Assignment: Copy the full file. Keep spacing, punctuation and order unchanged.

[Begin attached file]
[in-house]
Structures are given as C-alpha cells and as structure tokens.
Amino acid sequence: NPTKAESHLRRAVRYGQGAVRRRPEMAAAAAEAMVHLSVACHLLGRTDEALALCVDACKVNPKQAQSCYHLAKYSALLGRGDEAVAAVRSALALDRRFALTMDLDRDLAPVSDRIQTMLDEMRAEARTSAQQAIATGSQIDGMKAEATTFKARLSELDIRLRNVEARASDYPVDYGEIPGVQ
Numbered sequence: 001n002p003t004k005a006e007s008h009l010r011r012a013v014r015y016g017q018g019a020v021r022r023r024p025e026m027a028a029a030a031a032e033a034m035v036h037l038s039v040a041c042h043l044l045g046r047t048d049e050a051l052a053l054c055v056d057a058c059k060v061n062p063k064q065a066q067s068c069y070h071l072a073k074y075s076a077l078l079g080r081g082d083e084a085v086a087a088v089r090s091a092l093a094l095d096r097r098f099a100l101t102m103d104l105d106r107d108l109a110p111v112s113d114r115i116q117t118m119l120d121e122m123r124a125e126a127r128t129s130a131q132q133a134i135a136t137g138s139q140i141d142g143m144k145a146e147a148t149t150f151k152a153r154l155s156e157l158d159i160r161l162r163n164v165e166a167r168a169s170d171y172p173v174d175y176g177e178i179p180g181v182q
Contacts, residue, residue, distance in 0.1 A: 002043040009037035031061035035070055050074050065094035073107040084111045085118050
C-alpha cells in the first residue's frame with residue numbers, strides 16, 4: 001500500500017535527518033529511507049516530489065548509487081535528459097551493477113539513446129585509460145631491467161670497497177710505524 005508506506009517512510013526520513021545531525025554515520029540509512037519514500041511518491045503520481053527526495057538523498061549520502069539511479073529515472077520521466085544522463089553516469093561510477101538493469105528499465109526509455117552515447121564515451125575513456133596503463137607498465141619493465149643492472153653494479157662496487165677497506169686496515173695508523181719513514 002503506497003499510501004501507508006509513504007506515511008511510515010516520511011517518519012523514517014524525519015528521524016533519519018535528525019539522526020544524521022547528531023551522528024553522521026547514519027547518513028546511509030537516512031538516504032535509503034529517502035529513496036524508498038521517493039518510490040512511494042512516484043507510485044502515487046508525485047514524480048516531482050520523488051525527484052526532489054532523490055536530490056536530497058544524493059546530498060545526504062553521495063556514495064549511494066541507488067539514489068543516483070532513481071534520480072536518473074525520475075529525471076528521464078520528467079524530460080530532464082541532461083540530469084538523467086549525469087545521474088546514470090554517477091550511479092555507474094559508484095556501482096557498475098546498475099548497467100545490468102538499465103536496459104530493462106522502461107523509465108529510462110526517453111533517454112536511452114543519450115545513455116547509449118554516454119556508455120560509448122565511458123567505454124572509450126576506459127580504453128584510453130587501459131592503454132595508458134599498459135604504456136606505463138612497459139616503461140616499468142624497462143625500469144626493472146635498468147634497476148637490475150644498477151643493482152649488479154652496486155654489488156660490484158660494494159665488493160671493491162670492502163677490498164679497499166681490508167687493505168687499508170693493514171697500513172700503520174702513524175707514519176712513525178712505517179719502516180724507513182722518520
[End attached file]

[in-house]
Structures are given as C-alpha cells and as structure tokens.
Amino acid sequence: NPTKAESHLRRAVRYGQGAVRRRPEMAAAAAEAMVHLSVACHLLGRTDEALALCVDACKVNPKQAQSCYHLAKYSALLGRGDEAVAAVRSALALDRRFALTMDLDRDLAPVSDRIQTMLDEMRAEARTSAQQAIATGSQIDGMKAEATTFKARLSELDIRLRNVEARASDYPVDYGEIPGVQ
Numbered sequence: 001n002p003t004k005a006e007s008h009l010r011r012a013v014r015y016g017q018g019a020v021r022r023r024p025e026m027a028a029a030a031a032e033a034m035v036h037l038s039v040a041c042h043l044l045g046r047t048d049e050a051l052a053l054c055v056d057a058c059k060v061n062p063k064q065a066q067s068c069y070h071l072a073k074y075s076a077l078l079g080r081g082d083e084a085v086a087a088v089r090s091a092l093a094l095d096r097r098f099a100l101t102m103d104l105d106r107d108l109a110p111v112s113d114r115i116q117t118m119l120d121e122m123r124a125e126a127r128t129s130a131q132q133a134i135a136t137g138s139q140i141d142g143m144k145a146e147a148t149t150f151k152a153r154l155s156e157l158d159i160r161l162r163n164v165e166a167r168a169s170d171y172p173v174d175y176g177e178i179p180g181v182q
Contacts, residue, residue, distance in 0.1 A: 002043040009037035031061035035070055050074050065094035073107040084111045085118050
C-alpha cells in the first residue's frame with residue numbers, strides 16, 4: 001500500500017535527518033529511507049516530489065548509487081535528459097551493477113539513446129585509460145631491467161670497497177710505524 005508506506009517512510013526520513021545531525025554515520029540509512037519514500041511518491045503520481053527526495057538523498061549520502069539511479073529515472077520521466085544522463089553516469093561510477101538493469105528499465109526509455117552515447121564515451125575513456133596503463137607498465141619493465149643492472153653494479157662496487165677497506169686496515173695508523181719513514 002503506497003499510501004501507508006509513504007506515511008511510515010516520511011517518519012523514517014524525519015528521524016533519519018535528525019539522526020544524521022547528531023551522528024553522521026547514519027547518513028546511509030537516512031538516504032535509503034529517502035529513496036524508498038521517493039518510490040512511494042512516484043507510485044502515487046508525485047514524480048516531482050520523488051525527484052526532489054532523490055536530490056536530497058544524493059546530498060545526504062553521495063556514495064549511494066541507488067539514489068543516483070532513481071534520480072536518473074525520475075529525471076528521464078520528467079524530460080530532464082541532461083540530469084538523467086549525469087545521474088546514470090554517477091550511479092555507474094559508484095556501482096557498475098546498475099548497467100545490468102538499465103536496459104530493462106522502461107523509465108529510462110526517453111533517454112536511452114543519450115545513455116547509449118554516454119556508455120560509448122565511458123567505454124572509450126576506459127580504453128584510453130587501459131592503454132595508458134599498459135604504456136606505463138612497459139616503461140616499468142624497462143625500469144626493472146635498468147634497476148637490475150644498477151643493482152649488479154652496486155654489488156660490484158660494494159665488493160671493491162670492502163677490498164679497499166681490508167687493505168687499508170693493514171697500513172700503520174702513524175707514519176712513525178712505517179719502516180724507513182722518520